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Friday, 12 January 2018

The world before Star Wars: Six things that suddenly went out of fashion for children of the 1970s 

From The Six Million Dollar Man to TV westerns,
a lot of children's obsessions were to be
eclipsed the arrival of Star Wars

A long time ago in a galaxy far, far away, there lived people who had never heard of Star Wars. Today, Episode Nothing looks at some of the pop culture obsessions of the 1970s that suddenly seemed less important once the adventures of Luke Skywalker came along.   

In the mid-1970s, those who read film magazines might have known that the director of American Graffiti was making a science fiction movie in London, called either The Star Wars or The Adventure of Luke Starkiller. But most of us had no idea what was about to hit our planet.  

Of course, children of the 1970s had plenty of pop culture to enjoy, and it wouldn't all disappear when Star Wars came along. But for children who were suddenly Star Wars-obsessed, none of it would seem quite as important any more.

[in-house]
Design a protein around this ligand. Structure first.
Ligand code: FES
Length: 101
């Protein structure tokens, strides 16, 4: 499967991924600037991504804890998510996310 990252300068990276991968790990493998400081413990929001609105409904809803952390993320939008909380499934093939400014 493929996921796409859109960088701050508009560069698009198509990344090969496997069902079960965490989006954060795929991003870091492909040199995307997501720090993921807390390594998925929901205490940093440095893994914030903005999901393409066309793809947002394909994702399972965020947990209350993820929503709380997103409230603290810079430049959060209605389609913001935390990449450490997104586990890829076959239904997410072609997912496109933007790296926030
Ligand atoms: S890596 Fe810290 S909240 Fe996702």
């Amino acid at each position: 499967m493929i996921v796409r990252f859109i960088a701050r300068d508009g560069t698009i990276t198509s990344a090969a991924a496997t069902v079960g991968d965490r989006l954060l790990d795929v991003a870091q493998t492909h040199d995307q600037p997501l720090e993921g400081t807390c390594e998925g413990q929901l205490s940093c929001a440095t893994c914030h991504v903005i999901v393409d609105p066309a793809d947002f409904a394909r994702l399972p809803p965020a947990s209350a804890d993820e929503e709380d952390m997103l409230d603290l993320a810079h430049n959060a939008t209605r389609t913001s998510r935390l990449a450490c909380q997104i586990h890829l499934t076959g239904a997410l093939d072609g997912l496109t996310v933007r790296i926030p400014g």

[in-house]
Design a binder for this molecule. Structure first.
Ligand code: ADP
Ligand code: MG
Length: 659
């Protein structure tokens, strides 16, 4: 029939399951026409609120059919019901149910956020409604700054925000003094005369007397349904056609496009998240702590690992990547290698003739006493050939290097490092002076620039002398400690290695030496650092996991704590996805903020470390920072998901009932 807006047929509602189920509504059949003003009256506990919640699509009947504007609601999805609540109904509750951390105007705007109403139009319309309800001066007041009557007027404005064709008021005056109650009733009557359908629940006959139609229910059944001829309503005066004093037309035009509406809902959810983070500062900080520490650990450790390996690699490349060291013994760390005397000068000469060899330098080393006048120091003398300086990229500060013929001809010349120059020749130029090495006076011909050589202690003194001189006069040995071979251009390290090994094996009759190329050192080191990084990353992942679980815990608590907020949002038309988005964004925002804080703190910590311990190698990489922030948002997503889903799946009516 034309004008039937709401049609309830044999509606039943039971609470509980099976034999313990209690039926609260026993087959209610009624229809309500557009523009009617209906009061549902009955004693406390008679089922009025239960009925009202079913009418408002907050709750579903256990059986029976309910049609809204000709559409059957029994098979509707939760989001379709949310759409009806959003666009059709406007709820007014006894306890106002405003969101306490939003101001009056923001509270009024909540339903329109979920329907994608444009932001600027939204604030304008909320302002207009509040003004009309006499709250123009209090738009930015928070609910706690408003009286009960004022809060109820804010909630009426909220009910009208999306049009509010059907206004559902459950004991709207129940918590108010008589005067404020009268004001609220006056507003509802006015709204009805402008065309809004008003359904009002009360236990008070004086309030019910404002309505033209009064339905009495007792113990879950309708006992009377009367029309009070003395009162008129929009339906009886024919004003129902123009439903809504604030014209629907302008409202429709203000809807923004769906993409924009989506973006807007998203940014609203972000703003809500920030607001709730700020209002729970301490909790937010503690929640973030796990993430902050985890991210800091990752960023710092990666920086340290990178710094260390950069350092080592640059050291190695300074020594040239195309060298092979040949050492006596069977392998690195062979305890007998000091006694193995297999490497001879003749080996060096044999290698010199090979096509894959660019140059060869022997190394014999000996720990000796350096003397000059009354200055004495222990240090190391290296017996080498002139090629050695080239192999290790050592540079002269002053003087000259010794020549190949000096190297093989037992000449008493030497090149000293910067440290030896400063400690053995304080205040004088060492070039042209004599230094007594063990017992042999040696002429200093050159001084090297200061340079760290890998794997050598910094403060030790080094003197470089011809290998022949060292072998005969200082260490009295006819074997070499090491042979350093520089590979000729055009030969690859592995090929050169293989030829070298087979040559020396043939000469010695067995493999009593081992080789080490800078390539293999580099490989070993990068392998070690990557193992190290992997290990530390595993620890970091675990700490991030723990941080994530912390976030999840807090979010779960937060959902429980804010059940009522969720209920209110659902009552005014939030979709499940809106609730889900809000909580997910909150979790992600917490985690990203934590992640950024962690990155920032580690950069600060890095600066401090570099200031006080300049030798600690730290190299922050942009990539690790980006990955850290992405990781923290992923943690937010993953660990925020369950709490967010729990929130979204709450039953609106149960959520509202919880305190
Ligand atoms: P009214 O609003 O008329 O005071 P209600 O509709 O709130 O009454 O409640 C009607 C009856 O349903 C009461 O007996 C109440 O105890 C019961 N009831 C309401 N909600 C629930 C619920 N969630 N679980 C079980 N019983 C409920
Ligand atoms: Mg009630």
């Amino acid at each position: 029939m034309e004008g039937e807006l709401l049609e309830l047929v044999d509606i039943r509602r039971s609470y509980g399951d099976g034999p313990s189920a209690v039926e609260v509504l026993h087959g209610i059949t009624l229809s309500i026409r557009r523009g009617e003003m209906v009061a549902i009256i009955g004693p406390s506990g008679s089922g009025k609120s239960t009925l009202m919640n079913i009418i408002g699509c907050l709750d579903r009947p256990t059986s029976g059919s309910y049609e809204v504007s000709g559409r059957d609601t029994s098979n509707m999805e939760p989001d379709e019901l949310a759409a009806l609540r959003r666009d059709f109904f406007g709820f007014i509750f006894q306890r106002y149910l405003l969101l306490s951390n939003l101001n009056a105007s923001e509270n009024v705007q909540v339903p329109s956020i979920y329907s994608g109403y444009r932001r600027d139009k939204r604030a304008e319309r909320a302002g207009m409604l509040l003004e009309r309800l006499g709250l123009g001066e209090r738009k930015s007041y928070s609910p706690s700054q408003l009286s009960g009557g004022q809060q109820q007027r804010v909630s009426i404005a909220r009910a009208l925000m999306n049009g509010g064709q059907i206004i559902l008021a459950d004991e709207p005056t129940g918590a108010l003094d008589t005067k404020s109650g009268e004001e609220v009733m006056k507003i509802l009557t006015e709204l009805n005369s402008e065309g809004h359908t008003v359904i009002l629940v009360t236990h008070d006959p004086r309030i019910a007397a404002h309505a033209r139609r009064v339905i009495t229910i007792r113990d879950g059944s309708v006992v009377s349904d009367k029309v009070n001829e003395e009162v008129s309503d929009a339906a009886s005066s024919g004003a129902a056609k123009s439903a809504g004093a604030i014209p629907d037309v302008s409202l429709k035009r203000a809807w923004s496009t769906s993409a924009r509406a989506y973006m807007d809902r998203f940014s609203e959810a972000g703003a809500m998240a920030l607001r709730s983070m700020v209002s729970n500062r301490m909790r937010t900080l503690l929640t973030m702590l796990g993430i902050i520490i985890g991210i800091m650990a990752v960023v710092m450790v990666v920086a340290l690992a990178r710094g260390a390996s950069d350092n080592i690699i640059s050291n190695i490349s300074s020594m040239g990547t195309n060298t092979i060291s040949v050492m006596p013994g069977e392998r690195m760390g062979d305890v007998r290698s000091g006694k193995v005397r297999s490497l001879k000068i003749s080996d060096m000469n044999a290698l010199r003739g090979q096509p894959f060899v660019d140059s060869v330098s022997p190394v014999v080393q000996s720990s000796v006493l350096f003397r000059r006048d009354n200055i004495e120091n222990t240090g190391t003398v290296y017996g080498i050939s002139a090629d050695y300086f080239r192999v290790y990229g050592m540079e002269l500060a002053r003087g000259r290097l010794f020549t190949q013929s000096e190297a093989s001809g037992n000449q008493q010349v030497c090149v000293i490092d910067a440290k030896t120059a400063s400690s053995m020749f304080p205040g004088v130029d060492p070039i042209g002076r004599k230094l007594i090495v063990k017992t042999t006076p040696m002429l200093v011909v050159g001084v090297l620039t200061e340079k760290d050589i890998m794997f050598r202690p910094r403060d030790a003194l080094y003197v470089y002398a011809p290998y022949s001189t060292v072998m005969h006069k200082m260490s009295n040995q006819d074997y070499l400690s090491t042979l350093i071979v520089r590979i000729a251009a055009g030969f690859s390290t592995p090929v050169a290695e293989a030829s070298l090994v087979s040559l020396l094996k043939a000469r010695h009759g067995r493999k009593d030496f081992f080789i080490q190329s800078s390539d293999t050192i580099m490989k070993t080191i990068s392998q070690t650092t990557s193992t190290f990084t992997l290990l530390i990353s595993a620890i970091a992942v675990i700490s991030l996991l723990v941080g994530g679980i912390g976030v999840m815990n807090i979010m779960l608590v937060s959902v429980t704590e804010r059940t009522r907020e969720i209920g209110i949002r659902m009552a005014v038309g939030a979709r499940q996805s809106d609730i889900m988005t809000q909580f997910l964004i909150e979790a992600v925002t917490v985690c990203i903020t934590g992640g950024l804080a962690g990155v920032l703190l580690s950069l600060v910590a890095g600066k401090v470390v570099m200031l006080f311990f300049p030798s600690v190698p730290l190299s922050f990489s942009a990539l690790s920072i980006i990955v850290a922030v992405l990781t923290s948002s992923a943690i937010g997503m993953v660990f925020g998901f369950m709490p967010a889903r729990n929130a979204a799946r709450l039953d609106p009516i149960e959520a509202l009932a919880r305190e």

Looking back at the entertainment that used to transfix me, and millions of other youngsters, before Star Wars, I can't help feeling that it had a lot in common with Woody the cowboy doll in Toy Story, who was displaced in his owner's affections when Buzz Lightyear the space ranger came along.  

Here are a few things which suddenly seemed a bit less important in a post-Star Wars universe.  

1. Westerns 

Lone Ranger toys of the 1970s. 

The heyday of the movie western may have been over by the 1970s, but the genre was still very popular with children, thanks to television.  

Cancelled western series such as
The Virginian were still popular on TV
A number of the most popular western series were cancelled in the "rural purge" of the early 1970s, as American TV sought to appeal to a more urban demographic.  Gunsmoke, The Virginian and Bonanza were all gunned down by the executives. But we continued to enjoy the existing episodes. We also had the 1971-73 series Alias Smith and Jones exploited the box office success of Butch Cassidy and the Sundance Kid in 1969.